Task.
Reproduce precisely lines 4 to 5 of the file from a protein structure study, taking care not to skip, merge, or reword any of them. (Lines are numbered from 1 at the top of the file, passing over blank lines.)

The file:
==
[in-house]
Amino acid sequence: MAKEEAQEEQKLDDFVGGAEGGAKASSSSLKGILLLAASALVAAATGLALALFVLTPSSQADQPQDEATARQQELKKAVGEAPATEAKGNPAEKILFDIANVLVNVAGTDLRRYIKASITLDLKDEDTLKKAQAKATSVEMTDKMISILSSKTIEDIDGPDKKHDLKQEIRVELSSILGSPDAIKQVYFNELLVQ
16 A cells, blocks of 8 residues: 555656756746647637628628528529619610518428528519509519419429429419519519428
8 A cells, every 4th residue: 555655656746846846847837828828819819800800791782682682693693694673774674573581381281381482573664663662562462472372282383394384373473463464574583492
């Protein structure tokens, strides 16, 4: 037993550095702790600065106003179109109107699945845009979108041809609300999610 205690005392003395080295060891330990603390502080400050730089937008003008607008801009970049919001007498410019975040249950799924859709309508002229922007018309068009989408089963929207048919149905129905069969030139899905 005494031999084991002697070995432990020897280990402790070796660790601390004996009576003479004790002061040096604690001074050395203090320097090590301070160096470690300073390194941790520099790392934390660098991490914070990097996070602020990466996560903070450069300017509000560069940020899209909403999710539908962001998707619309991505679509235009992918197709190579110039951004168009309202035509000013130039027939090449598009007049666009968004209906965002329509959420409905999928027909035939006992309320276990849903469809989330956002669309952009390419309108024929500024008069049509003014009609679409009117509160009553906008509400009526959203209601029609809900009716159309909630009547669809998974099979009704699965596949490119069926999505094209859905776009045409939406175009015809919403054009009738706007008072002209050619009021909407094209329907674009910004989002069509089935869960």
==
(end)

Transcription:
8 A cells, every 4th residue: 555655656746846846847837828828819819800800791782682682693693694673774674573581381281381482573664663662562462472372282383394384373473463464574583492
């Protein structure tokens, strides 16, 4: 037993550095702790600065106003179109109107699945845009979108041809609300999610 205690005392003395080295060891330990603390502080400050730089937008003008607008801009970049919001007498410019975040249950799924859709309508002229922007018309068009989408089963929207048919149905129905069969030139899905 005494031999084991002697070995432990020897280990402790070796660790601390004996009576003479004790002061040096604690001074050395203090320097090590301070160096470690300073390194941790520099790392934390660098991490914070990097996070602020990466996560903070450069300017509000560069940020899209909403999710539908962001998707619309991505679509235009992918197709190579110039951004168009309202035509000013130039027939090449598009007049666009968004209906965002329509959420409905999928027909035939006992309320276990849903469809989330956002669309952009390419309108024929500024008069049509003014009609679409009117509160009553906008509400009526959203209601029609809900009716159309909630009547669809998974099979009704699965596949490119069926999505094209859905776009045409939406175009015809919403054009009738706007008072002209050619009021909407094209329907674009910004989002069509089935869960």